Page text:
Travel Post: The Hoover Dam, a day trip from Vegas

If Las Vegas is America’s playground, then the Hoover Dam, less than an hour away from Vegas, is America’s most captivating post-recess lesson in science and technology, not to mention History! After an exciting trip to Las Vegas, my travel partner and I headed out of town to tour one of the most impressive engineering marvels of the 20th century.

Hoover Dam is remarkably close to Las Vegas, with its proximity making it an attractive day-trip option for anyone needing a break from the action and intrigue of the nearby city. Forty-five minutes after leaving the Las Vegas Strip, we arrived in breathtaking Boulder Canyon. The contrast from the bright neon civilization of Vegas to the stark desert beauty of Boulder City and the canyon was refreshing, and a new high way diverting traffic from across the dam itself made car traveling simple, quick, and smooth.

Although you can’t see the dam from the arched highway (pictured above), a trip down to the facility and visitor’s center is worth the time and effort. We arrived in plenty of time to do a power-plant and dam tour, both of which were interactive, informative, and engaging.

With a new visitor’s center erected in 1995, Hoover Dam’s capacity for tourism has expanded into making visitors comfortable and keeping their attention. With options in addition to the tours from providing life-size models and detailed exhibits of the electricity generators powered by the dam’s water inflow, to short video presentations about the Colorado River’s geographical and damming history, you won’t be bored.

The tours themselves were informative and hands-on, with explanations of the dam’s purpose, construction techniques, and continuing maintenance.

We got to explore some of the bigger maintenance tunnels  and learned some cool facts about the dam, like:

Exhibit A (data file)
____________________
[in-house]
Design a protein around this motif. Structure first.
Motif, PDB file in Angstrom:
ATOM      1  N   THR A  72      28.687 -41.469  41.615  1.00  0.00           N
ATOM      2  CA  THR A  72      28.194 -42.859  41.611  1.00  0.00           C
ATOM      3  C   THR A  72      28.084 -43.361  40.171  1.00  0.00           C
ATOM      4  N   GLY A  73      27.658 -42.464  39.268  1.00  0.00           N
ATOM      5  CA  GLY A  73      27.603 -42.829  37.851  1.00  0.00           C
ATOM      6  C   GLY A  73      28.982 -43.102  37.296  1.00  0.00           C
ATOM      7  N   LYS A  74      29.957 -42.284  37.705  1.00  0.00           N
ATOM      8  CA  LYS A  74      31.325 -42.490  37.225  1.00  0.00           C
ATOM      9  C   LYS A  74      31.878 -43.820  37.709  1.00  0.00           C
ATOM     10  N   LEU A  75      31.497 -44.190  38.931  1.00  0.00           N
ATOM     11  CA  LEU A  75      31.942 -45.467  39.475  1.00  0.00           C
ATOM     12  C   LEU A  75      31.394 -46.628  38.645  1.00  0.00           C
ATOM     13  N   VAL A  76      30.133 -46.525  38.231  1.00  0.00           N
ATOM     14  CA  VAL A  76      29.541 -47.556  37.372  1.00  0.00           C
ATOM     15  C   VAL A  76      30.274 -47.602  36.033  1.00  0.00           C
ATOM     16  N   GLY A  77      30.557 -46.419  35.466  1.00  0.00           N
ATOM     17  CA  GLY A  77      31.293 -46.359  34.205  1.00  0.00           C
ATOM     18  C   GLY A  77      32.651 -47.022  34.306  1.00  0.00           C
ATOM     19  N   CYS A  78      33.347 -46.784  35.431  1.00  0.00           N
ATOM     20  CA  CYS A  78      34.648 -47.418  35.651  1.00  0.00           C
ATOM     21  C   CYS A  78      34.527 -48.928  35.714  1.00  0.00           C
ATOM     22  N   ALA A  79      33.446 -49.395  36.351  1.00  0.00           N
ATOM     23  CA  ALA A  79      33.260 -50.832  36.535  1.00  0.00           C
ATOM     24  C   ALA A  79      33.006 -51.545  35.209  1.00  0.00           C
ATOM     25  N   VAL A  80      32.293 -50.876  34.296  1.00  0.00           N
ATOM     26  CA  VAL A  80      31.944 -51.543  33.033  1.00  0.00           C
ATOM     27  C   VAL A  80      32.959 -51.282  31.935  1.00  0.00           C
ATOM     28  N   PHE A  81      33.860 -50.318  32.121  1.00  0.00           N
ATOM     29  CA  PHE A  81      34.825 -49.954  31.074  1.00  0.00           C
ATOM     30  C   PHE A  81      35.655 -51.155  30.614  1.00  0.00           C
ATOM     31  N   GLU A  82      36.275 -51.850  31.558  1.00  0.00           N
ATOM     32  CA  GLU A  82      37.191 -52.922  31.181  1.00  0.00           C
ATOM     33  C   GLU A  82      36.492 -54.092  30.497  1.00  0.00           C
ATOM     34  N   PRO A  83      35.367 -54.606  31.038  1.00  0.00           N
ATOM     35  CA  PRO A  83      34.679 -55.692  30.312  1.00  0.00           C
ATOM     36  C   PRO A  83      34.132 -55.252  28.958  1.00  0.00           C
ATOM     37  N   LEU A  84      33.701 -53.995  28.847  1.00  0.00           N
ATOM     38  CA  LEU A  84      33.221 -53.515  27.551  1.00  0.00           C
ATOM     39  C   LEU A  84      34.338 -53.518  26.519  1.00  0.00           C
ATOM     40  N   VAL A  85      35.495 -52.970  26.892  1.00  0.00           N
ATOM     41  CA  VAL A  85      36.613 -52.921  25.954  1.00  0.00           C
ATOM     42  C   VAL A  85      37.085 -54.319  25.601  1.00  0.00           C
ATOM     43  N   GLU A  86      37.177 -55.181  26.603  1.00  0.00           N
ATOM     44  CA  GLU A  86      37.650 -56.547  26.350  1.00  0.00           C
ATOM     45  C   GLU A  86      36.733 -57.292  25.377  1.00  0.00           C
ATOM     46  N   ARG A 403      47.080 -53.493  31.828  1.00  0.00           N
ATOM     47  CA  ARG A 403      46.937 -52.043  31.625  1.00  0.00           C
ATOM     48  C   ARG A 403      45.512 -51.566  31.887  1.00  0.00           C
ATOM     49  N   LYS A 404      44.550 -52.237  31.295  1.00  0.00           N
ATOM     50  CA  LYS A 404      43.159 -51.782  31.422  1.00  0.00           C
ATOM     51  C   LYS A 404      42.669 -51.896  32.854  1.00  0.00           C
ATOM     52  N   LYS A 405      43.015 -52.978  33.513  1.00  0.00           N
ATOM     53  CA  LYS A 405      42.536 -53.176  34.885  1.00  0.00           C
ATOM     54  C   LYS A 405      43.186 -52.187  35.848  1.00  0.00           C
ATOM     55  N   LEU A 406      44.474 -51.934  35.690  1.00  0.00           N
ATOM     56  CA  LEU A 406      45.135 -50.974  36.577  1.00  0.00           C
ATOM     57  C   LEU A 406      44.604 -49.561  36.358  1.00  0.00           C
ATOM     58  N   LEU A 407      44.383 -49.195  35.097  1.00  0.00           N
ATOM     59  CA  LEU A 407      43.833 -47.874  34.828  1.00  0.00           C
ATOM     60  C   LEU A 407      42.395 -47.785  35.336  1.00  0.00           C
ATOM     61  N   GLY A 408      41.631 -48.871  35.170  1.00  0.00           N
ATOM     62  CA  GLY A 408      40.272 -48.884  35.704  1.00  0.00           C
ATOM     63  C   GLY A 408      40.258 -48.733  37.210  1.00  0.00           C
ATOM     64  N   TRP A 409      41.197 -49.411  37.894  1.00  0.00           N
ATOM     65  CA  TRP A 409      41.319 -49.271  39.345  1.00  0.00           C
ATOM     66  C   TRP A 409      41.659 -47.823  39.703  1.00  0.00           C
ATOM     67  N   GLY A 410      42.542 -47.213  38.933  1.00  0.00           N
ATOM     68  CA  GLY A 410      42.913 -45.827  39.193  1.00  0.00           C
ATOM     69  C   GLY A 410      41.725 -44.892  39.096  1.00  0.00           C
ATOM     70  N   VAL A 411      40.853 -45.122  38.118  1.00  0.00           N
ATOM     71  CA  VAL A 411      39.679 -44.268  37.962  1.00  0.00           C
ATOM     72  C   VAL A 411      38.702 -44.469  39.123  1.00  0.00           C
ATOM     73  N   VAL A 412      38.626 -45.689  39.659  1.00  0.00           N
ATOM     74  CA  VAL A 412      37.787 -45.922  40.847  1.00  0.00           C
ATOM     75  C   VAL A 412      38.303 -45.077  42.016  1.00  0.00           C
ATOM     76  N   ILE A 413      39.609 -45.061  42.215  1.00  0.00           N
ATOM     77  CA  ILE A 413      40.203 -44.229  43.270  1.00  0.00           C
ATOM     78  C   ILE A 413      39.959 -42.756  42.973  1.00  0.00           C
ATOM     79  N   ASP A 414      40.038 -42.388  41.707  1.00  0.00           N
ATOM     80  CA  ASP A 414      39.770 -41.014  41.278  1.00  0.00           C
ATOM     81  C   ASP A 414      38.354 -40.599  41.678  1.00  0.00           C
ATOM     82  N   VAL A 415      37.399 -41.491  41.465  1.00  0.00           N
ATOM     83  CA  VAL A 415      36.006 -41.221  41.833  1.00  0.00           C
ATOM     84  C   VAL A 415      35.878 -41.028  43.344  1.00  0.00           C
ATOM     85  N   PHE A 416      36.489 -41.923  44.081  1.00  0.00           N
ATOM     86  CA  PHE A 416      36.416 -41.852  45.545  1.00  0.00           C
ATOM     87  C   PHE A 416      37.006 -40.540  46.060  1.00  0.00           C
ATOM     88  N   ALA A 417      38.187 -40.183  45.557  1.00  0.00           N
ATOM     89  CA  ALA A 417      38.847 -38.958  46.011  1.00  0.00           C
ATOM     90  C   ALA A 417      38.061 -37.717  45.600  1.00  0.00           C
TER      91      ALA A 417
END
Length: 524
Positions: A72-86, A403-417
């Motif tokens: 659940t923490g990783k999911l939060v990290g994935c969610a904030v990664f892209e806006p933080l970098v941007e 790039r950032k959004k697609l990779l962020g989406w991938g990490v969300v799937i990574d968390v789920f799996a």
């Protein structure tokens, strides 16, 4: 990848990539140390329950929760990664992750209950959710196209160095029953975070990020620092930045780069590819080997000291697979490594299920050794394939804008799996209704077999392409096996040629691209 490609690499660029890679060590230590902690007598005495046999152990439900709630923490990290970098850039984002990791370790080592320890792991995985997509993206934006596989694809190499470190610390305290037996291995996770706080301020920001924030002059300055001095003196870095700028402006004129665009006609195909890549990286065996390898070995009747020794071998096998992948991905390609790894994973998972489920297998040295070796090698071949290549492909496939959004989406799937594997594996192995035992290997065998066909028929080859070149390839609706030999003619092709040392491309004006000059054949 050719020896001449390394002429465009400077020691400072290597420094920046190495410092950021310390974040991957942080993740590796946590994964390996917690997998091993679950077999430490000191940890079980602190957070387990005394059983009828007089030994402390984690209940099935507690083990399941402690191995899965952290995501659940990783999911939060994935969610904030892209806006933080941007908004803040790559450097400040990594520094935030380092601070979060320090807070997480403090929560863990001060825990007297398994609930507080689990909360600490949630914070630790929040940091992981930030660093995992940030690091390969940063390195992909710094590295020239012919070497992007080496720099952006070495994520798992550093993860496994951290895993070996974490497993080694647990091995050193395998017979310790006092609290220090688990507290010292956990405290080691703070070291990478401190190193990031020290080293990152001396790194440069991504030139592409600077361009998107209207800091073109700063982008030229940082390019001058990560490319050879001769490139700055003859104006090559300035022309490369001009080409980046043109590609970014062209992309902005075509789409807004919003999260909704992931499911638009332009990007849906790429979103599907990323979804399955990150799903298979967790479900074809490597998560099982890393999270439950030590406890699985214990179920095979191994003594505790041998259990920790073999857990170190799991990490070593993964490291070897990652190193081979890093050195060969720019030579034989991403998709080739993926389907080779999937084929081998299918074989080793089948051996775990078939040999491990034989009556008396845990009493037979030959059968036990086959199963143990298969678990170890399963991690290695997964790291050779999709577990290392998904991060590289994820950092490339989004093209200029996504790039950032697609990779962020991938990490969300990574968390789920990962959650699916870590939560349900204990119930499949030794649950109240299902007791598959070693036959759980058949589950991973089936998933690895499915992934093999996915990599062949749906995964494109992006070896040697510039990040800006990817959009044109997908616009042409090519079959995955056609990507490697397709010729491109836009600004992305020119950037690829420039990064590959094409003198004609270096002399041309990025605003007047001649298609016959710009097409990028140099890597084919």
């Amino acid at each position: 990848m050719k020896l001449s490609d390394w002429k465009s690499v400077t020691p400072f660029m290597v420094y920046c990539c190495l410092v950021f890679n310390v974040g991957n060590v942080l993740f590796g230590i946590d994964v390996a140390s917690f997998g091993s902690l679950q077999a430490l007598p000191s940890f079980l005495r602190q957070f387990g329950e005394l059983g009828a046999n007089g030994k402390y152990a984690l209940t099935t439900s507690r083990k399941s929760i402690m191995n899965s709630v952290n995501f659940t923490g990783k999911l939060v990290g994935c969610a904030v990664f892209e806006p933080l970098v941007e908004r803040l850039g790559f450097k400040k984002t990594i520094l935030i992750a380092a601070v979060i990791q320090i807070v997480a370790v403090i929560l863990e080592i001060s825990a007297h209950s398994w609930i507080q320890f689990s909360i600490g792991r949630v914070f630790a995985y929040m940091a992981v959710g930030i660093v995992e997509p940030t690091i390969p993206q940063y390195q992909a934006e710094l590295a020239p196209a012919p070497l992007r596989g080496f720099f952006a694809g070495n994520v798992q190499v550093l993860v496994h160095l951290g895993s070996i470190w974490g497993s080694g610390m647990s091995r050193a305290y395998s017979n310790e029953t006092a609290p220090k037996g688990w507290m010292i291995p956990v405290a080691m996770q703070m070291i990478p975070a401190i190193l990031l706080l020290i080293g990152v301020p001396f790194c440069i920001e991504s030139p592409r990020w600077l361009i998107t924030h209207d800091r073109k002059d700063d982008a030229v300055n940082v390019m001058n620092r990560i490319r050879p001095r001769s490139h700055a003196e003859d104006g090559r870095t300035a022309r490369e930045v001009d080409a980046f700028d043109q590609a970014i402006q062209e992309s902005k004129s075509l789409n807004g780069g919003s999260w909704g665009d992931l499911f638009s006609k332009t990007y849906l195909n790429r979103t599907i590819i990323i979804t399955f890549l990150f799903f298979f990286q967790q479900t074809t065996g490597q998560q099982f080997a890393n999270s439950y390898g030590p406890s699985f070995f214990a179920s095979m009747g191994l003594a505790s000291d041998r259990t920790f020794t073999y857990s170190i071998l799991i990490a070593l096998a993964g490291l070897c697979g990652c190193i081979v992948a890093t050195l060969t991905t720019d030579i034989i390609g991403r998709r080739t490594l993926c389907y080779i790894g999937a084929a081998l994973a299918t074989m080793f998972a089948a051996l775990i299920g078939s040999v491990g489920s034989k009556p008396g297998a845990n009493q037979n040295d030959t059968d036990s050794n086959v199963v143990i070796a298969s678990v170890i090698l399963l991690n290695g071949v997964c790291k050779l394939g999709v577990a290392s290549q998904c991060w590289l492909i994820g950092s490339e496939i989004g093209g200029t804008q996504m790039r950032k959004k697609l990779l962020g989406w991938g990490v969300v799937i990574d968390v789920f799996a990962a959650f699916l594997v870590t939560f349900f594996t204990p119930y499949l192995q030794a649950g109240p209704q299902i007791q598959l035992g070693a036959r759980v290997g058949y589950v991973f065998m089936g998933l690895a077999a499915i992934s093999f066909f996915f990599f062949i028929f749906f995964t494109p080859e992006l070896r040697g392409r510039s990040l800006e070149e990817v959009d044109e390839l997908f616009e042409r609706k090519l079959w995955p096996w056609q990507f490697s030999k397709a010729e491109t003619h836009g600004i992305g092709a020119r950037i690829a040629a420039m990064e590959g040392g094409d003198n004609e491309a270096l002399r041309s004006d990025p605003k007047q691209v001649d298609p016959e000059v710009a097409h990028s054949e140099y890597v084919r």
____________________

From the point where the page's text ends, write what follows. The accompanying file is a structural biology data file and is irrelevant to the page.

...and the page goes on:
• It was 70% overbuilt—engineers wanted to be 170% sure that it would accomplish the task of holding back the Colorado river!
  • It was completed nearly 2 years AHEAD of schedule, and finished under-budget.
  • 96 men lost their lives in the building of the dam, and
    lthough many were due to pneumonia or influenza, even more were reported as being caused by illness so as to avoid paying out insurance on accidental deaths associated with construction.
  • Finished in 1935, the entire construction was completed without ANY complex technological devices; pen and paper calculation, and “eyeballing” were utilized extensively.
  • Accounting for the area’s moderate seismic activity, the dam isn’t actually anchored to the canyon walls. It’s wedged in between the rock, with the water of Lake Mead (the dammed Colorado River) holding it in place. When the canyon walls shift with earthquakes, the dam shifts with them.

Seismic activity is still closely monitored, of course, and the Hoover Dam is thought to be able to withstand above 8.0 shocks on the Richter Scale. It’s also meant to last 2,000 years at efficiency, though it will probably last closer to 3,000.

If you want to know more about the dam or its visiting opportunities, visit the US Bureau of Reclamation’s website at

As a traveler who loves to learn as well as relax and party, I highly recommend this venture for the more adventurous visitors to Las Vegas. It definitely helps to have your own car, and though going in the off-seasons (October through May) probably provides a less crowded (and definitely cooler, temperature-wise) experience, it’s open year-round, and certainly worth the detour.

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